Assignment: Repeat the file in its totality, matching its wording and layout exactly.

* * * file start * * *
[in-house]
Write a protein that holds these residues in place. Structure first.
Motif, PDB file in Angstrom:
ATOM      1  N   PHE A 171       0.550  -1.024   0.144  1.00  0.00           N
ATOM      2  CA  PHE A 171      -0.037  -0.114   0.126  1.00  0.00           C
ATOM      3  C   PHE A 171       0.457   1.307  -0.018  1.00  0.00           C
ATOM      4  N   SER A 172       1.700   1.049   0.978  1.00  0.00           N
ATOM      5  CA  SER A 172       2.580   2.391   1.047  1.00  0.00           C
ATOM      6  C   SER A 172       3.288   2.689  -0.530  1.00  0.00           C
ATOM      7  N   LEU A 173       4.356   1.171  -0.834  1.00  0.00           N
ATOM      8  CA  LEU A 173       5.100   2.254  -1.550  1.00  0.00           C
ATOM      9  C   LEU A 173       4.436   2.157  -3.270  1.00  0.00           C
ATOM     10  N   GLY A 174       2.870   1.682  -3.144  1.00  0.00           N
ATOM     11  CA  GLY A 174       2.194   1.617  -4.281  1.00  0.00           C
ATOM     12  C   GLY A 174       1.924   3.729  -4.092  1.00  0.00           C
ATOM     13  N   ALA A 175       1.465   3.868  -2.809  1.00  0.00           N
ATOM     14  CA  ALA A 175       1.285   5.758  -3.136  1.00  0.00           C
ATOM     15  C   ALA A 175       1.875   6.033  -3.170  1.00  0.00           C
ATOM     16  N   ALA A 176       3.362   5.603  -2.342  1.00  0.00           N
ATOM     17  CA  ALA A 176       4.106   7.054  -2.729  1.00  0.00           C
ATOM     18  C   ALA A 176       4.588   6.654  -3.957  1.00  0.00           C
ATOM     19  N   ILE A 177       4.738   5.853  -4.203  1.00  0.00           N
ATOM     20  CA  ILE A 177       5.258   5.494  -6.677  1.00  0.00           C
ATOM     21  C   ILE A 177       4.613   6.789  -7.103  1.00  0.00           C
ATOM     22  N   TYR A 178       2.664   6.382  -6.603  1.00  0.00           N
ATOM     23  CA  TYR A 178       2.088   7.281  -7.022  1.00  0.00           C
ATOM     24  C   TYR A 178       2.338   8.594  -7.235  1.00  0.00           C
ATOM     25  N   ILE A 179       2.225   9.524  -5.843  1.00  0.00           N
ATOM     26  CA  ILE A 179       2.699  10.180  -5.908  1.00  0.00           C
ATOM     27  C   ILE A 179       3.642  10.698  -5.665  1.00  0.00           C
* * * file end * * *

[in-house]
Write a protein that holds these residues in place. Structure first.
Motif, PDB file in Angstrom:
ATOM      1  N   PHE A 171       0.550  -1.024   0.144  1.00  0.00           N
ATOM      2  CA  PHE A 171      -0.037  -0.114   0.126  1.00  0.00           C
ATOM      3  C   PHE A 171       0.457   1.307  -0.018  1.00  0.00           C
ATOM      4  N   SER A 172       1.700   1.049   0.978  1.00  0.00           N
ATOM      5  CA  SER A 172       2.580   2.391   1.047  1.00  0.00           C
ATOM      6  C   SER A 172       3.288   2.689  -0.530  1.00  0.00           C
ATOM      7  N   LEU A 173       4.356   1.171  -0.834  1.00  0.00           N
ATOM      8  CA  LEU A 173       5.100   2.254  -1.550  1.00  0.00           C
ATOM      9  C   LEU A 173       4.436   2.157  -3.270  1.00  0.00           C
ATOM     10  N   GLY A 174       2.870   1.682  -3.144  1.00  0.00           N
ATOM     11  CA  GLY A 174       2.194   1.617  -4.281  1.00  0.00           C
ATOM     12  C   GLY A 174       1.924   3.729  -4.092  1.00  0.00           C
ATOM     13  N   ALA A 175       1.465   3.868  -2.809  1.00  0.00           N
ATOM     14  CA  ALA A 175       1.285   5.758  -3.136  1.00  0.00           C
ATOM     15  C   ALA A 175       1.875   6.033  -3.170  1.00  0.00           C
ATOM     16  N   ALA A 176       3.362   5.603  -2.342  1.00  0.00           N
ATOM     17  CA  ALA A 176       4.106   7.054  -2.729  1.00  0.00           C
ATOM     18  C   ALA A 176       4.588   6.654  -3.957  1.00  0.00           C
ATOM     19  N   ILE A 177       4.738   5.853  -4.203  1.00  0.00           N
ATOM     20  CA  ILE A 177       5.258   5.494  -6.677  1.00  0.00           C
ATOM     21  C   ILE A 177       4.613   6.789  -7.103  1.00  0.00           C
ATOM     22  N   TYR A 178       2.664   6.382  -6.603  1.00  0.00           N
ATOM     23  CA  TYR A 178       2.088   7.281  -7.022  1.00  0.00           C
ATOM     24  C   TYR A 178       2.338   8.594  -7.235  1.00  0.00           C
ATOM     25  N   ILE A 179       2.225   9.524  -5.843  1.00  0.00           N
ATOM     26  CA  ILE A 179       2.699  10.180  -5.908  1.00  0.00           C
ATOM     27  C   ILE A 179       3.642  10.698  -5.665  1.00  0.00           C